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Lifestyle : NSW Tourism Awards 2011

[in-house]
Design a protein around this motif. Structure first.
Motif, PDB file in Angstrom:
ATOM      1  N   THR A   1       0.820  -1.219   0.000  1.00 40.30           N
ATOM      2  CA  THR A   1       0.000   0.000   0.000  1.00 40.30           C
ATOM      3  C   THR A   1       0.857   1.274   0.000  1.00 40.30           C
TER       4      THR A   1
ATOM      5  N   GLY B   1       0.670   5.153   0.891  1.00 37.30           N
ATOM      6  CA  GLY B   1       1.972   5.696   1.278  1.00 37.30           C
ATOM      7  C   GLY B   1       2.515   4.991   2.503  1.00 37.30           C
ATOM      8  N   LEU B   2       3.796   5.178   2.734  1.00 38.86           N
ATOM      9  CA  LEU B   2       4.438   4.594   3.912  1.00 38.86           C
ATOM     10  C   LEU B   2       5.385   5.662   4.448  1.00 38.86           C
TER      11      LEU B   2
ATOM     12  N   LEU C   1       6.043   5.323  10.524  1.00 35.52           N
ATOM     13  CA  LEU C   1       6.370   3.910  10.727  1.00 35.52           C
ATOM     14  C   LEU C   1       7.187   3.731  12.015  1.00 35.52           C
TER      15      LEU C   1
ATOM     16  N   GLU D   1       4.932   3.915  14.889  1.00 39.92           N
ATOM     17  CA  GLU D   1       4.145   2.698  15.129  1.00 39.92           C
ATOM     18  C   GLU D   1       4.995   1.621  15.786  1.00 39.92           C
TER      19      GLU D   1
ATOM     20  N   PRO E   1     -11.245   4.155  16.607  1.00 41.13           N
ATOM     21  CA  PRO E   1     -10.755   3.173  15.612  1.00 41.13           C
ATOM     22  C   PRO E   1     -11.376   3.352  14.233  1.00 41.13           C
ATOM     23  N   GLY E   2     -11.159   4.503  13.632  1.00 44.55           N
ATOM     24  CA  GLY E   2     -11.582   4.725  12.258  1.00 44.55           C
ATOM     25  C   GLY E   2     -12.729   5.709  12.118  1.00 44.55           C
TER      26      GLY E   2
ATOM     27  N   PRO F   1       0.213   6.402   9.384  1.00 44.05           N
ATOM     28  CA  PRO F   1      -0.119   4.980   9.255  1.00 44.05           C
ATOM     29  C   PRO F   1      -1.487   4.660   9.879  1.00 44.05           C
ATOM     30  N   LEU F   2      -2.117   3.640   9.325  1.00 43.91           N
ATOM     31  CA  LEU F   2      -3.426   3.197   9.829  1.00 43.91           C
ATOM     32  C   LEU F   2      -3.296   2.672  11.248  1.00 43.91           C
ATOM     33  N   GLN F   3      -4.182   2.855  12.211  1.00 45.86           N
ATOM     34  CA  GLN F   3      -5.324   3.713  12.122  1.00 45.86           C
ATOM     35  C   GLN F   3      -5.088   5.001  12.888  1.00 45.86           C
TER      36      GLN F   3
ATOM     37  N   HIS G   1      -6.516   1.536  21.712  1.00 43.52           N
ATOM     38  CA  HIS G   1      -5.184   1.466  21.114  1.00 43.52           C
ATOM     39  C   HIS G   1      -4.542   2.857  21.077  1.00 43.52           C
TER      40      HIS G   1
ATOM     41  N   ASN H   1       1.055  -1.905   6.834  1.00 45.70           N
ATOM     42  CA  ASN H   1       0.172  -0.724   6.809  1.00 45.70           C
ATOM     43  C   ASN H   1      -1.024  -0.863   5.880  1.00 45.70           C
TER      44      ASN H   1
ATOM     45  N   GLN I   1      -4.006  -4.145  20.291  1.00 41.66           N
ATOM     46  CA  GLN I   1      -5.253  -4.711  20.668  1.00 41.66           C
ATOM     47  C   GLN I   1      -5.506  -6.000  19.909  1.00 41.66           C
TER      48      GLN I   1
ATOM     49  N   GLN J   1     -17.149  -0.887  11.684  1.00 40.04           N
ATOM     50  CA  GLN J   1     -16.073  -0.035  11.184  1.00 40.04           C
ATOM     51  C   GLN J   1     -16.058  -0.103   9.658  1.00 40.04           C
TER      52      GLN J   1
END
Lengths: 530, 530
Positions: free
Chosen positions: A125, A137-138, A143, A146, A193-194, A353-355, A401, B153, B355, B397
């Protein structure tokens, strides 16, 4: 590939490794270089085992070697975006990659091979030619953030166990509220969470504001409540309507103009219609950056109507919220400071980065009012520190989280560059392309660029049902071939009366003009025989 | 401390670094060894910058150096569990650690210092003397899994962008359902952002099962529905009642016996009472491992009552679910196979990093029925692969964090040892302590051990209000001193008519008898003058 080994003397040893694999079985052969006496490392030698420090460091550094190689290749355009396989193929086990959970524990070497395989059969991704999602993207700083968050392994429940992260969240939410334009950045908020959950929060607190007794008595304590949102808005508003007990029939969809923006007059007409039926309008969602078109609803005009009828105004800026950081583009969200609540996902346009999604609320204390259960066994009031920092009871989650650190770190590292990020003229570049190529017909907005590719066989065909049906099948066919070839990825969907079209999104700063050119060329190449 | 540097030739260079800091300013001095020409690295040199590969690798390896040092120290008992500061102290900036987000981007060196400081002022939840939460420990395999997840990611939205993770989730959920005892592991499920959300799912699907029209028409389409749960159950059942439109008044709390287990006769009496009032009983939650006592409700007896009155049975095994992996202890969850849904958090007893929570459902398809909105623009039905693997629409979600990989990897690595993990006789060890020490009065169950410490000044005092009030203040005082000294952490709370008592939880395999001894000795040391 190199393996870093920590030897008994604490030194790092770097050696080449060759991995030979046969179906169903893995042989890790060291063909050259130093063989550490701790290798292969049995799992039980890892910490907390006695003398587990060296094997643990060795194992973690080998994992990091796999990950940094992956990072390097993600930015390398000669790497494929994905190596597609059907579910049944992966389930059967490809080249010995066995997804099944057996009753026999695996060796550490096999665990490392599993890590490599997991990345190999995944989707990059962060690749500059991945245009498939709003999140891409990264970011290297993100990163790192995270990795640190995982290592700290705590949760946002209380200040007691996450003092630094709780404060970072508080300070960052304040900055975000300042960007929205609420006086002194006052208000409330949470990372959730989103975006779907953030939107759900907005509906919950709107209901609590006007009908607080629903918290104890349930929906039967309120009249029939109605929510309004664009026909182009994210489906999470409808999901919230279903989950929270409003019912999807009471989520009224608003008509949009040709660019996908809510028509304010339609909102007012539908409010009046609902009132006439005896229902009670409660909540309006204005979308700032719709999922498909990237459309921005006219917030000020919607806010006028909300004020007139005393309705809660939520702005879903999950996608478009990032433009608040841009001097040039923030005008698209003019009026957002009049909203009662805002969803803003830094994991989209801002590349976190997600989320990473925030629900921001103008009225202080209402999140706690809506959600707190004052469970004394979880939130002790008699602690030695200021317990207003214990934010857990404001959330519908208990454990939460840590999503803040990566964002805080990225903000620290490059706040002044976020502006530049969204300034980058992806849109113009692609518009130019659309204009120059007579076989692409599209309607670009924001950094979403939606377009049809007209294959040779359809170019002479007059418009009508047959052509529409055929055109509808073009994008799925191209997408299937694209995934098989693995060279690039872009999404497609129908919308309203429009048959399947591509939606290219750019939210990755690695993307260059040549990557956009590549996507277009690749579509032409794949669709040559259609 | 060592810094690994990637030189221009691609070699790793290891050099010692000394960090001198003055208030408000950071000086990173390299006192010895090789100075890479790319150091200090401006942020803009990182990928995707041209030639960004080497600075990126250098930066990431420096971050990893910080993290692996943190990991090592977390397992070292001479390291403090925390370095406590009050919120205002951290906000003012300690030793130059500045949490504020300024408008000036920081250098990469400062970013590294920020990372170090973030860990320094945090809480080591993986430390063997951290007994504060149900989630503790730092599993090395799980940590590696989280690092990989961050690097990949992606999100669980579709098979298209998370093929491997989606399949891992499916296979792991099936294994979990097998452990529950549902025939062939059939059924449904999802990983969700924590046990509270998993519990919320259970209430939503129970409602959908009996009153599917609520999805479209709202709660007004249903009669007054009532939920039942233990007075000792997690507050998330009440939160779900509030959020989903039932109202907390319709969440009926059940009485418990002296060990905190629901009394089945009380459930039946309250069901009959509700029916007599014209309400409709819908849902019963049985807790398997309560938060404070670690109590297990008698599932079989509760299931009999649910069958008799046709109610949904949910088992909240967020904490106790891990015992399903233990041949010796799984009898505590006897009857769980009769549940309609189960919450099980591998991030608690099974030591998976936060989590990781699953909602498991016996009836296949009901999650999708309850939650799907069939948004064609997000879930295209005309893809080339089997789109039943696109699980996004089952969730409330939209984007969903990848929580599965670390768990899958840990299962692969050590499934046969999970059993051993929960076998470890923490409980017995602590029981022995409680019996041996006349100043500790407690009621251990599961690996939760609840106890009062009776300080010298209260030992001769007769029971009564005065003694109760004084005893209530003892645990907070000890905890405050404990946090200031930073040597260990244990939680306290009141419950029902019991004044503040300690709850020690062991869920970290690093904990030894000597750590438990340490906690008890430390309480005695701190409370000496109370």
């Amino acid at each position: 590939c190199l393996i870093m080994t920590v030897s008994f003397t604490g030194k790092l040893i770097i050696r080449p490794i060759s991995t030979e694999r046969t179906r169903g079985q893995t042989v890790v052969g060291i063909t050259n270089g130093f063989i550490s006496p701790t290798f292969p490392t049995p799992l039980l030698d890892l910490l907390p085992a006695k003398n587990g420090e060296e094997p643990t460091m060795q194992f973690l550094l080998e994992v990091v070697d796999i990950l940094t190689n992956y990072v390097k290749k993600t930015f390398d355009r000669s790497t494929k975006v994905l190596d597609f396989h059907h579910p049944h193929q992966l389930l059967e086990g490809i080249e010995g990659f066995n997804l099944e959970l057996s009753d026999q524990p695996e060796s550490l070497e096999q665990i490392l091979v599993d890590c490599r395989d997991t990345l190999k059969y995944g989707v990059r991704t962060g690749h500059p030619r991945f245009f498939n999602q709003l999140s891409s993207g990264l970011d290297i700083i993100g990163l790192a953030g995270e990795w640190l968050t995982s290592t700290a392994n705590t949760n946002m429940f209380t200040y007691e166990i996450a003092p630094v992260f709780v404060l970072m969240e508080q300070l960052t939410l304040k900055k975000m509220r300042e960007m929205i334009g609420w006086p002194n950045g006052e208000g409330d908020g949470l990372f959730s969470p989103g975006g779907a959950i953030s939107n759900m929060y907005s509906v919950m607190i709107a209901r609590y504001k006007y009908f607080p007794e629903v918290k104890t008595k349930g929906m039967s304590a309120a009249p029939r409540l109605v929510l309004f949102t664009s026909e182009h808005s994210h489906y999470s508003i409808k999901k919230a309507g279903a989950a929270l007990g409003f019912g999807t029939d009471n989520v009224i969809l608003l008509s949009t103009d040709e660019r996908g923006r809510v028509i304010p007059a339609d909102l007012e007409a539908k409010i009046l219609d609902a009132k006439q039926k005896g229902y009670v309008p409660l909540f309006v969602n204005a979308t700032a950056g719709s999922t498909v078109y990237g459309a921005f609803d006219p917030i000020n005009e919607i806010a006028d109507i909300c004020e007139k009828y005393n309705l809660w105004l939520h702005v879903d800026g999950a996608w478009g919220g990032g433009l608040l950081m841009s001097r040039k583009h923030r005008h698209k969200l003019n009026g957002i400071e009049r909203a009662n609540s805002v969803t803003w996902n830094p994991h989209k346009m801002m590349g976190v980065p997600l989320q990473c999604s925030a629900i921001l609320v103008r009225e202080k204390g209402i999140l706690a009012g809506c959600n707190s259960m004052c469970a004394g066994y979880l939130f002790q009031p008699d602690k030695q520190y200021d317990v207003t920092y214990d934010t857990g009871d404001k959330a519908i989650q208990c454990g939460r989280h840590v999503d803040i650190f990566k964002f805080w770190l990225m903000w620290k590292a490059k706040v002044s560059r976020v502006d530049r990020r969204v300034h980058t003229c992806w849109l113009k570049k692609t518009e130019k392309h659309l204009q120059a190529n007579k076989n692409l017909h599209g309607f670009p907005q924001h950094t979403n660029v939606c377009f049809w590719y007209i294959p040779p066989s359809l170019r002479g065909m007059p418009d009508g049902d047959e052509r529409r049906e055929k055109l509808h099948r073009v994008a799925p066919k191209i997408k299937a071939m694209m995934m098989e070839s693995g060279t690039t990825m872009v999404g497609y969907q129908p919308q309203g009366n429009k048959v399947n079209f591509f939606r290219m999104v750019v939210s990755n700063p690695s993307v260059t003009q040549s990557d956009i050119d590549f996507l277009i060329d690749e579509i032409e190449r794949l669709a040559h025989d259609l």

1HERSA1 0004 com out of your sh ll for endless holiday adventures To receive a copy of our free escape planner phone 1300 303 155 or book your holiday online at portmacquarieinfo.com.au 4 SUNDAY, NOVEMBER 20, 2011 THE SUN-HERALD travel nsw tourism awards special report Unearth some hip digs Sydney Harbour YHA offers comfy beds and a whole lot of history, writes Louise Schwartzkoff. Some of the housing remnants . . . date back to the 1790s. New era . . . clockwise from top left, objects found by archaeologists; views from the YHA rooftop; a street view. WHEN visitors arrive at the Sydney Harbour YHA, they sometimes ask whether the building work is incomplete. The steps into the hostel ascend exposed bedrock but the rubble on the ground is not the result of careless building. It is an archaeological site that offers clues about the earliest days of colonial Sydney. The YHA and attached archaeology education centre, The Big Dig, were selected as finalists in the heritage and culture section of the NSW Tourism Awards. A short stroll from major attractions, including the Opera House and the Harbour Bridge, the building is a steel web with layers of cladding, designed to protect the archaeology and maintain access to the digging site. Backpackers can explore the site and school groups arrive to learn about Sydney's history. Glass cases display objects found during the archaeological survey: a medicine bottle, a doll's head, a collection of marbles and shards upon shards of blue-and-white patterned crockery. These fragments hint at the working-class lives of those who once lived here. ''People think The Rocks in those days was full of brothels and opium dens,'' the YHA's education and interpretation officer, Alison Frappell, says. ''But those were closer to the wharves for the sailors.'' Some of the housing remnants on the site date back to the 1790s. The foundations of one house show a tiny front room and tinier kitchen backing on to a cesspit. ''It must have smelt lovely during the summer,'' Frappell says. Another house belonged to George Cribb, who was sentenced to 14 years in Australia for being in possession of forged banknotes. While serving time, he established a successful abattoir and butchery and married fellow convict Fanny Barnett -- despite the fact he had a wife living in England. When his first wife announced she would travel to the colony to share his new wealth, Cribb paid Barnett £300 to disappear. The hostel and archaeological centre faced competition from a range of other finalists, including Bells Milk Bar and Museum in Broken Hill. Along with malted milks and soda spiders, the milk bar serves a taste of history within original 1950s decor. The Bathurst Goldfields has a replica 1850s gold-mining village and a museum exploring the discovery of gold in central-west NSW. The Blue Mountains region is replete with more than 320 kilometres of walking tracks, 37 of which are on the NSW State Heritage Register. Some began as tracks worn by Aborigines, while others were surveyors' routes and early roads. The tracks provide a glimpse into the area's history, as well as spectacular views. Another Blue Mountains finalist, Jenolan Caves, is Australia's longest continually operating tourist destination. Visitors can learn about the site's heritage through a series of tours, festivals, concerts and an artist-in-residence program. Also on the list of finalists are the Glasshouse, Port Macquarie's arts, heritage and cultural centre; the Hawkesbury Regional Museum, which tells stories about Australia's third mainland settlement; and the family-owned- and-operated Avoca Beach Picture Theatre, built in 1951 and still a cultural hub for locals and tourists. Cultural revelation The Coffs Coast Aboriginal Discovery Program has brought the culture of the Gumbaynggirr people to thousands of visitors to the region. Launched six years ago, the program, winner in the indigenous tourism category, now caters for about 5000 people a year, with activities including interpretive canoe tours, bush- tucker tours, whale watching and night-bird watching. A senior ranger with NSW National Parks, Barbara Webster, says the program has been successful because of the close involvement of the local Aboriginal community, including elders. ''They have a key role in deciding what they want to interpret and which stories to share,'' Webster says. ''Sharing their traditional knowledge has helped to keep the culture and language alive.'' There are four Aboriginal rangers who guide visitors and Webster says the program has led to greater respect and awareness of the area's indigenous culture. One of the popular activities in summer is ''muttonbirds by moonlight'', where visitors are taken out in the evening to see the rookery on Muttonbird Island, a sacred site for the local Aboriginal community. In winter, Aboriginal rangers take visitors to whale watching spots and educate them about Aboriginal culture as well as the passing whales. A recent development has been the building of an outdoor cultural heritage centre at the base of the Muttonbird Island Nature Reserve. The amphitheatre-style venue features a significant piece of Aboriginal art, carved into a timber screen. Webster says discovery program activities are centred on school holidays. For more information, phone the local National Parks office on (02) 6652 0900. Jane E. Fraser
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